In January, we announced that we will be introducing a pay model for NYTimes.com in 2011. And we have a few second quarter developments to report on that front. We have transitioned from the requirement’s base into active development mode, building the systems and infrastructure to support the customer service and production requirements of our cross-platform strategy. As we have previously indicated, we will be announcing pricing and further information as we get closer to the launch.

Now, let me provide you with more detail on our second quarter revenues. Total revenues for the company increased 1%, shifting into positive territory from the first quarter year-over-year decline of 3% with advertising revenues flat, circulation revenues up 3% and other revenues up 1%. Substantial growth in digital advertising revenues which rose 21%, offset a 6% decrease in print advertising revenues and kept our total advertising revenue flat compared with the second quarter of 2009.

These numbers clearly demonstrates the positive impact of transitioning into an increasingly multiplatform company. Online advertising revenues have become a much more significant part of our revenue mix and made up 26% of our total ad revenues, up from 22% in the second quarter of 2009.

At the News Media Group, which includes The New York Times, New England, and Regional Media Groups, ad revenues decreased 2% due to lower print advertising. By advertising category, national revenues were up 4%, retail was down 11%, and classified was down 9%. Within the classified area, real estate declined 15%, automotive was down 6% and recruitment fell 1%.

The print advertising decrease was 6% for the quarter, a marked improvement from the 12% decline in the first quarter. Also notably, print ended the quarter at nearly flat in June. The decline for the quarter was offset by 20% growth in online advertising revenues. Significantly, our healthy online growth is coming in multiple category, national display advertising, retail display advertising, and also real estate classified advertising.

We experienced better ad revenue trends across the News Media Group as all of the major categories, national, retail and classified ended the quarter on more stable footing than they started it with the national category, particularly, finishing up 10% in June. The Group’s total advertising revenue which declined 2% year-over-year in the quarter decreased 3% in April, 6% in May and rose 3% in June. During a time when financial prognosticators are looking to say to any and every economic indicator for signs of hope, we find that general trending in these ad results be fairly encouraging.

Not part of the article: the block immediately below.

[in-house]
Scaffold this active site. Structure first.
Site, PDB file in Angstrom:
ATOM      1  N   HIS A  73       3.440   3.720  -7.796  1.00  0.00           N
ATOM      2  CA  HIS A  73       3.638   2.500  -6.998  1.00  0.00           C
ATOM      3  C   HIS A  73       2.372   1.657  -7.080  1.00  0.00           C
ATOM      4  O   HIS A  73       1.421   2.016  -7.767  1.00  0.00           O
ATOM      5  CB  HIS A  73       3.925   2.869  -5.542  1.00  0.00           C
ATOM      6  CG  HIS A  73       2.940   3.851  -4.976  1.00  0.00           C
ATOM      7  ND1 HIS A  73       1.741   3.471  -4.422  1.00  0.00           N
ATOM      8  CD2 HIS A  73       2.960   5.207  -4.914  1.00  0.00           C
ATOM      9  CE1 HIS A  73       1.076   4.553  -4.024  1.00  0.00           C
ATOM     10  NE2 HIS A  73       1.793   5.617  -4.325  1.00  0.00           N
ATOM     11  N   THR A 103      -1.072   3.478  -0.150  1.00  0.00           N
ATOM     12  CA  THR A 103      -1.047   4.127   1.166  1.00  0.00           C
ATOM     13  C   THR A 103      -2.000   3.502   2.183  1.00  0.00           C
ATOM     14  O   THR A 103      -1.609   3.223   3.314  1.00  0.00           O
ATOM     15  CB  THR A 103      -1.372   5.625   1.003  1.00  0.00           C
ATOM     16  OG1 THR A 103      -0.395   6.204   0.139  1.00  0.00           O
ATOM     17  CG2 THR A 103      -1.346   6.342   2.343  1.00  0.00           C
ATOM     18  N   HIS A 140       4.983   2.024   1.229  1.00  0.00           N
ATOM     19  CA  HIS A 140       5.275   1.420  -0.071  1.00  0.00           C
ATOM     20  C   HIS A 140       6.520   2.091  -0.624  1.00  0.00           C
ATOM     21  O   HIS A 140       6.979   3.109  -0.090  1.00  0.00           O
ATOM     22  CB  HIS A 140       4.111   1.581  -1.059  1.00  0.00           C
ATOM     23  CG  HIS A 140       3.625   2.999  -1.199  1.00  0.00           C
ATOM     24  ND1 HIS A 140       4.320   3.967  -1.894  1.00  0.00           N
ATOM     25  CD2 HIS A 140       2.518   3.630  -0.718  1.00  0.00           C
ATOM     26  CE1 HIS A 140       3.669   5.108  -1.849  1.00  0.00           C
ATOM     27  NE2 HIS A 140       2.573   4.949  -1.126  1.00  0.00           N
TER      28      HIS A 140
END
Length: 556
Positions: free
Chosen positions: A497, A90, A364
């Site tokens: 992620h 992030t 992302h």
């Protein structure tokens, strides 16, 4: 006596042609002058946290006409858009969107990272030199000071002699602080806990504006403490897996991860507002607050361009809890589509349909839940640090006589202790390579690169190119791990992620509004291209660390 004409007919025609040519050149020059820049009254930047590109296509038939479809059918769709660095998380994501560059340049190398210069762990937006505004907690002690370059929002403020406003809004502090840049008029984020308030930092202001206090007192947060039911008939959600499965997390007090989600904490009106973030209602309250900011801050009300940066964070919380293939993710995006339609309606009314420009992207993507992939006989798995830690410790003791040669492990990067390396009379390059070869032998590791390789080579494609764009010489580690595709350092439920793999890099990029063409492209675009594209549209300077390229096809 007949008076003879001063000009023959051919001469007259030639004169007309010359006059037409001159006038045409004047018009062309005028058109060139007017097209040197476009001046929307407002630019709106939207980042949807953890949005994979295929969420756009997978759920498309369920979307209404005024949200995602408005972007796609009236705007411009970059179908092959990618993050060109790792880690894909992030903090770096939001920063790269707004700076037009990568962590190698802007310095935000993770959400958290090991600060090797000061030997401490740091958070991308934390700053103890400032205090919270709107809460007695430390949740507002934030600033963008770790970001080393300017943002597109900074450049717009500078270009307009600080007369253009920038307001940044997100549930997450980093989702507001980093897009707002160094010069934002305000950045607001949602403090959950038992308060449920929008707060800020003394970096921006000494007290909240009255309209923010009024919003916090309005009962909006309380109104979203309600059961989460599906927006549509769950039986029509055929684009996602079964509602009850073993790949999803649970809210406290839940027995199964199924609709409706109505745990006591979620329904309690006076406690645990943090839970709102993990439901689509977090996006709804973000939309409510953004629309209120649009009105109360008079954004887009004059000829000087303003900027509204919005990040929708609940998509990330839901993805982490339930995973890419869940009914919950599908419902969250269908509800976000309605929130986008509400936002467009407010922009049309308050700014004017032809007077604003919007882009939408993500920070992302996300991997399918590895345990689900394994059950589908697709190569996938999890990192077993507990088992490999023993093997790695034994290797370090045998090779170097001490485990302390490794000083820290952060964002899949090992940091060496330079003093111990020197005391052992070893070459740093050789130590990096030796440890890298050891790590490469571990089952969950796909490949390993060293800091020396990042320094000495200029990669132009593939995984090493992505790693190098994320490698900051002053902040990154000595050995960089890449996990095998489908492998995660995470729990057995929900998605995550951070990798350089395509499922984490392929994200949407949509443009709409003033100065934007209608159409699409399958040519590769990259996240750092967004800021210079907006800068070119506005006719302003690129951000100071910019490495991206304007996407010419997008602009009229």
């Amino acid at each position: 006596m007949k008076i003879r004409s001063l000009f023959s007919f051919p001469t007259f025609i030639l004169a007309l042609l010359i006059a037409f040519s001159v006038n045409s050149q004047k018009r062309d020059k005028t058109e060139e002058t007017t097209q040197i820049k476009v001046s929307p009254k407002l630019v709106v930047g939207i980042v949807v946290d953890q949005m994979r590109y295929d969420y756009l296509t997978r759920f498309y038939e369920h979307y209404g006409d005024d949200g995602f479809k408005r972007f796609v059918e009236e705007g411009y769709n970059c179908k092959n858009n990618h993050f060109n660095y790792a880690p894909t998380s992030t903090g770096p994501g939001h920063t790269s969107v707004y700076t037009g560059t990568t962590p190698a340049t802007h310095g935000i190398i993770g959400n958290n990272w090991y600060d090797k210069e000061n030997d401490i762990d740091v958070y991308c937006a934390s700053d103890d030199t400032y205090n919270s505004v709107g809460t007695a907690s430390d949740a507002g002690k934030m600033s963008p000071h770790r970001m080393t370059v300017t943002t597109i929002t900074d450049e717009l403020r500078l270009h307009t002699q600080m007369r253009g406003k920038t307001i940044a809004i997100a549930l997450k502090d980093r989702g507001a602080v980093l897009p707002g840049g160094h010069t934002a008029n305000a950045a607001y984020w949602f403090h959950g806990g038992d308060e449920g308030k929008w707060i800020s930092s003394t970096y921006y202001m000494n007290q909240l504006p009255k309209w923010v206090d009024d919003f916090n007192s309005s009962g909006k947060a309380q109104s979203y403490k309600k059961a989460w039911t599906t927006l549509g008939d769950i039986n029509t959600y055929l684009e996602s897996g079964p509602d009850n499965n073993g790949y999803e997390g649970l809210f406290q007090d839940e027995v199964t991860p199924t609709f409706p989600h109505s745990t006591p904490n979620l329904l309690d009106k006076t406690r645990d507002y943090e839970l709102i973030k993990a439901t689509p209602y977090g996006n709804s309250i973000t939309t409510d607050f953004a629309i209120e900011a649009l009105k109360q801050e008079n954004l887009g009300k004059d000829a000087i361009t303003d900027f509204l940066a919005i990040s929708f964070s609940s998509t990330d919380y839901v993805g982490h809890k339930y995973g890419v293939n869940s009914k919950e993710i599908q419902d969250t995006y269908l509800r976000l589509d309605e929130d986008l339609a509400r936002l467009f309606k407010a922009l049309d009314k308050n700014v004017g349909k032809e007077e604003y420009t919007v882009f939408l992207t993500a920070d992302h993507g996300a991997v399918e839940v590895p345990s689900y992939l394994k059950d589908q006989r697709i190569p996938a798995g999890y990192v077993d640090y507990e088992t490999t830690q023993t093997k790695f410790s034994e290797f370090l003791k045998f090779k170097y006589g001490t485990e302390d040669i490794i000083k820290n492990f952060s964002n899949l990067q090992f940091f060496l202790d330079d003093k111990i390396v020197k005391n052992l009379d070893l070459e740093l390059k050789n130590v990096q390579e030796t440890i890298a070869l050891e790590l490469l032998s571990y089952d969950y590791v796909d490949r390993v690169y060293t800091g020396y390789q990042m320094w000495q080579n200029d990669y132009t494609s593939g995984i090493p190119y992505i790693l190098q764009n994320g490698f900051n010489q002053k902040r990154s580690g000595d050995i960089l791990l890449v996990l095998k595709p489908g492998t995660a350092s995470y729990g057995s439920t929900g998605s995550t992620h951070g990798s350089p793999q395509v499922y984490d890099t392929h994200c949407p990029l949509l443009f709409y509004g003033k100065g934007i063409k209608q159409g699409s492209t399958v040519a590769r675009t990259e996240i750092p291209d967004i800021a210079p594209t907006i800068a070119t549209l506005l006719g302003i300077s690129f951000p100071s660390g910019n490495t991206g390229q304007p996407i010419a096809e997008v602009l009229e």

Now breaking down the News Media Group into its component properties, at the Times Media Group, advertising revenues were up 1% in the quarter, as decreases in print advertising were more than offset by an impressive growth in online display advertising.

The national print ad categories where we saw the largest gains were corporate from BP’s oil spill messaging as well as increased spending from a number of other energy and alternative energy company, financial services led by increased spending by credit card companies and domestic investment firms, automotive display on higher spending by domestic and foreign manufacturers and advocacy, which saw our advertising from a number of national and international organizations.

The national print ad categories where we saw the largest decline were studio entertainment, where studio provided limited support for new releases and the films released this spring did not match the performance of those in the second quarter of 2009.

Telecommunications, where wireless carriers reduced spending, and live entertainment led by declines from Broadway shows. Firm growth in the online national advertising was led by strength in the luxury goods group as well as the financial services, corporate, and media categories.

It is important to note that the Times is in a new unique position in the national ad market, both in print and online was about three quarters of its ad revenues coming from national advertisers. With strength beginning to return to the advertising markets, our luxury advertisers are increasing their spending as well as evidenced by the revenue growth we saw across our website in the quarter, including within our T-style franchise. We attribute this to our industry leadership position in the online luxury space, which we have the expertise and determination to protect through a constant innovation.

Although, classified advertising at the Times Media Group decreased in all three major categories, real estate, recruitment, and automotive. Recruitment and real estate ended the quarter in significantly better shape than they started in April. Retail advertising revenues showed continued softness primarily due to a decline in the mass market category.